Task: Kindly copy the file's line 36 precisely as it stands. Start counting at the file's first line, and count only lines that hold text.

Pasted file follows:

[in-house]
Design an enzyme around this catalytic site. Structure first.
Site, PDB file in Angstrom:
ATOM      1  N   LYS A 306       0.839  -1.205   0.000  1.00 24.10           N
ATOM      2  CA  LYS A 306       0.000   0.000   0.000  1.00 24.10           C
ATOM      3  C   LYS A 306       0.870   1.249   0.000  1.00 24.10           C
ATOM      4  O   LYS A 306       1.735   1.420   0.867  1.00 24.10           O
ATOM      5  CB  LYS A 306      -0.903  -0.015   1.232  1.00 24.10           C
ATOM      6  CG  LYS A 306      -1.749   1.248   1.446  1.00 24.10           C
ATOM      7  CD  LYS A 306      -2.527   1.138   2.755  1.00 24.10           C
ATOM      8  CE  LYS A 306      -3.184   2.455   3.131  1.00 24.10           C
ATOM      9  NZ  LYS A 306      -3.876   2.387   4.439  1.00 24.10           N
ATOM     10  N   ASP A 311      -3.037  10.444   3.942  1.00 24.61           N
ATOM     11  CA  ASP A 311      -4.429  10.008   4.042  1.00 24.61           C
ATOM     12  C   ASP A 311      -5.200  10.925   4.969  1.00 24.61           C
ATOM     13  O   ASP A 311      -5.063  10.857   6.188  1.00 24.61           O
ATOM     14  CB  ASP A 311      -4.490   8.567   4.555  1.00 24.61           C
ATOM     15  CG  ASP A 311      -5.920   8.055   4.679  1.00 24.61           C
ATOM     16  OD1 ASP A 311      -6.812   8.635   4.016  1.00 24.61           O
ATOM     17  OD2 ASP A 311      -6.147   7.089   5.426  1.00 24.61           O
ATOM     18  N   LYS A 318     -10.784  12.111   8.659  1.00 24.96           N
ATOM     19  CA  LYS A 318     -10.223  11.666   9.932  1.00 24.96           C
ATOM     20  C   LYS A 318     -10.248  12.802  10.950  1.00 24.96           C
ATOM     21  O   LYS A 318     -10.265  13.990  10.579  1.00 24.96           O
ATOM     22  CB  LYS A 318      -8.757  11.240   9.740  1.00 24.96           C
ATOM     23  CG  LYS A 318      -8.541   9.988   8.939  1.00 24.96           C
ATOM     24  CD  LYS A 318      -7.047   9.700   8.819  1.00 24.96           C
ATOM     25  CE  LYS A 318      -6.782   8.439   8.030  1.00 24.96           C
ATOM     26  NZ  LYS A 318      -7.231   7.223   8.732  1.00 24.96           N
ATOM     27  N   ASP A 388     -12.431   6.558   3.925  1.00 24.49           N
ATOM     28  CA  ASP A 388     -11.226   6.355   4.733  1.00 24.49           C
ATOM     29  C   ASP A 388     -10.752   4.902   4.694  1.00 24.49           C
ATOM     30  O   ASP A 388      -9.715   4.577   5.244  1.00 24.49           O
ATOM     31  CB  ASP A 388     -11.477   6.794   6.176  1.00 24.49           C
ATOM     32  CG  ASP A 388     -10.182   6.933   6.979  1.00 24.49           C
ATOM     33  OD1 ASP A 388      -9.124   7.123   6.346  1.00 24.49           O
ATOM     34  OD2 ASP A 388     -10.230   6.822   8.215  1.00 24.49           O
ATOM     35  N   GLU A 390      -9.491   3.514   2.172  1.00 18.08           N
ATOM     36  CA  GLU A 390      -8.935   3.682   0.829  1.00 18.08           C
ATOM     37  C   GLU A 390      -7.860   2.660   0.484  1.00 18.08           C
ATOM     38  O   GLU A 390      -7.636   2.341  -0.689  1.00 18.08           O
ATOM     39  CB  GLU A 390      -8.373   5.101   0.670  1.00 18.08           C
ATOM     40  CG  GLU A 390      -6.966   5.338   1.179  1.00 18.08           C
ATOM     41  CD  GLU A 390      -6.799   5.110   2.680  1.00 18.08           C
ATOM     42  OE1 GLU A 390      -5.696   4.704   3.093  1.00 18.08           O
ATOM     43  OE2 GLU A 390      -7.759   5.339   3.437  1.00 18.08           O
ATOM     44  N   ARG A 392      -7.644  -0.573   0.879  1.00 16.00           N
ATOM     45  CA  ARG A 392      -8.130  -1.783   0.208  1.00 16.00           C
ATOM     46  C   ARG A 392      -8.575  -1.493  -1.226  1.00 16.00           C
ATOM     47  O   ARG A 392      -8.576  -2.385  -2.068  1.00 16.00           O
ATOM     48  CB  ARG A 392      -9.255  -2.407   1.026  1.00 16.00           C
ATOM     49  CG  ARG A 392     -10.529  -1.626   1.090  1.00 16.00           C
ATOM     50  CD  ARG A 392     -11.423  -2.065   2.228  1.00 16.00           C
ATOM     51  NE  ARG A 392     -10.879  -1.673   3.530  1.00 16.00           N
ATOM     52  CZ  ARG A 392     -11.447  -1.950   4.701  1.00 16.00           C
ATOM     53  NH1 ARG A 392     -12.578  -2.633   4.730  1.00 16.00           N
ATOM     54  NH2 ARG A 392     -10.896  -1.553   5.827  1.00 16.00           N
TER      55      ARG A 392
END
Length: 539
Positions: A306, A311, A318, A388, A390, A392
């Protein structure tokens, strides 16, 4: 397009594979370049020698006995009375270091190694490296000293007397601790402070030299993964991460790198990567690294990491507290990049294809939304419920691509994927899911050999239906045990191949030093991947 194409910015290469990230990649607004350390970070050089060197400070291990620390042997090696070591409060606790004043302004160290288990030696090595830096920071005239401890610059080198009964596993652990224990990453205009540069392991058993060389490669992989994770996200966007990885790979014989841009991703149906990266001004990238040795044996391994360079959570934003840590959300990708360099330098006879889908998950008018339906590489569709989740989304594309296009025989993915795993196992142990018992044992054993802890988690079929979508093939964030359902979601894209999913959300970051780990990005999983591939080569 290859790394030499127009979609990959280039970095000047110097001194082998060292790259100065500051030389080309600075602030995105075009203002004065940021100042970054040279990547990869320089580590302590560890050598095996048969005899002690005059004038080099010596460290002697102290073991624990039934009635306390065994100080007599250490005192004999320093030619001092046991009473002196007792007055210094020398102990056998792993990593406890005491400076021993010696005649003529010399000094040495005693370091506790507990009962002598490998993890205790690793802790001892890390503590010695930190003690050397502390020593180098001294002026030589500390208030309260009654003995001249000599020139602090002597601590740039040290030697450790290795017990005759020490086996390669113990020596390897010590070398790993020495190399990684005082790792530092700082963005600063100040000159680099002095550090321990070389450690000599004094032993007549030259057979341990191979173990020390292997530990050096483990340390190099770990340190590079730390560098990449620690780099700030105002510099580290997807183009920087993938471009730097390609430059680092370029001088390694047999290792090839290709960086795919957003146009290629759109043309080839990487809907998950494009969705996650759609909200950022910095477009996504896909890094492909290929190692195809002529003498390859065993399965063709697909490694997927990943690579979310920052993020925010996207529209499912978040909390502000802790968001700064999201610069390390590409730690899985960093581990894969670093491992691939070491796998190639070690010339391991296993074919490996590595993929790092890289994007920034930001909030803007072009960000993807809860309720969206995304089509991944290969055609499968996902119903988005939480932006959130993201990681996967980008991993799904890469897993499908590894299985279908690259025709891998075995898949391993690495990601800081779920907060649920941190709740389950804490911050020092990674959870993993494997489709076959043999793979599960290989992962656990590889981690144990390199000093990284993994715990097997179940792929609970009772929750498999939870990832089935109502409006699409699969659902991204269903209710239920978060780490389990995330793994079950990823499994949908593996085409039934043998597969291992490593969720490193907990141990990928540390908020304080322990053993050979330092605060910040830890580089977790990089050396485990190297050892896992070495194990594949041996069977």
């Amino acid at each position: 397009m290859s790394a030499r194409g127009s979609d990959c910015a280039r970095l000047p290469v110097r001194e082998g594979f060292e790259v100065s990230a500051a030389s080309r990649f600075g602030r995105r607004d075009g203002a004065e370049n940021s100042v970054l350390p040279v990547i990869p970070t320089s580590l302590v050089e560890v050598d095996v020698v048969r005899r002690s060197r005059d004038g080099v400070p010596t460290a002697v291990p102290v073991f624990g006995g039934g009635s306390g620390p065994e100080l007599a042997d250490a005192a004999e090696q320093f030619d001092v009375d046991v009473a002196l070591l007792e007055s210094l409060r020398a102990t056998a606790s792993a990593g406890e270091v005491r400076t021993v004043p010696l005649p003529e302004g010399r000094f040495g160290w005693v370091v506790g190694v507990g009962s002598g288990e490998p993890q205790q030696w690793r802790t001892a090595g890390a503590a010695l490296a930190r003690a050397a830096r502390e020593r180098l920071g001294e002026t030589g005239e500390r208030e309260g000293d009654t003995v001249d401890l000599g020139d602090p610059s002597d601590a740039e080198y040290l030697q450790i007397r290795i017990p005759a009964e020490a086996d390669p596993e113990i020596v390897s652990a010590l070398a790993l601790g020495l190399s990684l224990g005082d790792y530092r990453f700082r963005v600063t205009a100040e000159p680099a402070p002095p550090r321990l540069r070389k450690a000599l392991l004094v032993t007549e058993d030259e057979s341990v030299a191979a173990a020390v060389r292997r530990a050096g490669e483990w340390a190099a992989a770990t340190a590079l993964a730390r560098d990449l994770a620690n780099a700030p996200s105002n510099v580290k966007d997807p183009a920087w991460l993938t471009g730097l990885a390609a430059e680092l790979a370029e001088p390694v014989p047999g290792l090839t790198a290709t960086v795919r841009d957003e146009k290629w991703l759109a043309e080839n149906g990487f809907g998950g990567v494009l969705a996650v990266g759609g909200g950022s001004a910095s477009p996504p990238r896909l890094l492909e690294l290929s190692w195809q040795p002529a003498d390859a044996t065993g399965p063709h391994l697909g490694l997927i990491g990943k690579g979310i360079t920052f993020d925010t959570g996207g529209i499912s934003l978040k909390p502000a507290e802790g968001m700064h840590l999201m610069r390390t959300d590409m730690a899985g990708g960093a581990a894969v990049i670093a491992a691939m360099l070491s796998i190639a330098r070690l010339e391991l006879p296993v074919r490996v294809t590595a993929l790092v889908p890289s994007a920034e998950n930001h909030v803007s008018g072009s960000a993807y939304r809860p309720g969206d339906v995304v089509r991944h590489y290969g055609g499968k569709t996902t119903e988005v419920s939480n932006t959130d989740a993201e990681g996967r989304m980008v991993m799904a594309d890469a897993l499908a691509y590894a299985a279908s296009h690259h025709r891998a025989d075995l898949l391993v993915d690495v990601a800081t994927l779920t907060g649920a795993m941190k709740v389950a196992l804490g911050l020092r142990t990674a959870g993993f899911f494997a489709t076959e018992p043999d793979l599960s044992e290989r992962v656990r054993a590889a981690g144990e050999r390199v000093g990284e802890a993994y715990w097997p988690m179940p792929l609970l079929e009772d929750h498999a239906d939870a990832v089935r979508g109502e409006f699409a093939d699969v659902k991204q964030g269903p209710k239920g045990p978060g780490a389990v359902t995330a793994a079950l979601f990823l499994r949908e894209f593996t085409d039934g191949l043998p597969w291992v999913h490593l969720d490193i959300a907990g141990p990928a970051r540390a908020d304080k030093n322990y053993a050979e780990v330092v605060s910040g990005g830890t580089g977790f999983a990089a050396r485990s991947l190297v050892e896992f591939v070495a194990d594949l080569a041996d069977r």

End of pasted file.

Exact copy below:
ATOM     33  OD1 ASP A 388      -9.124   7.123   6.346  1.00 24.49           O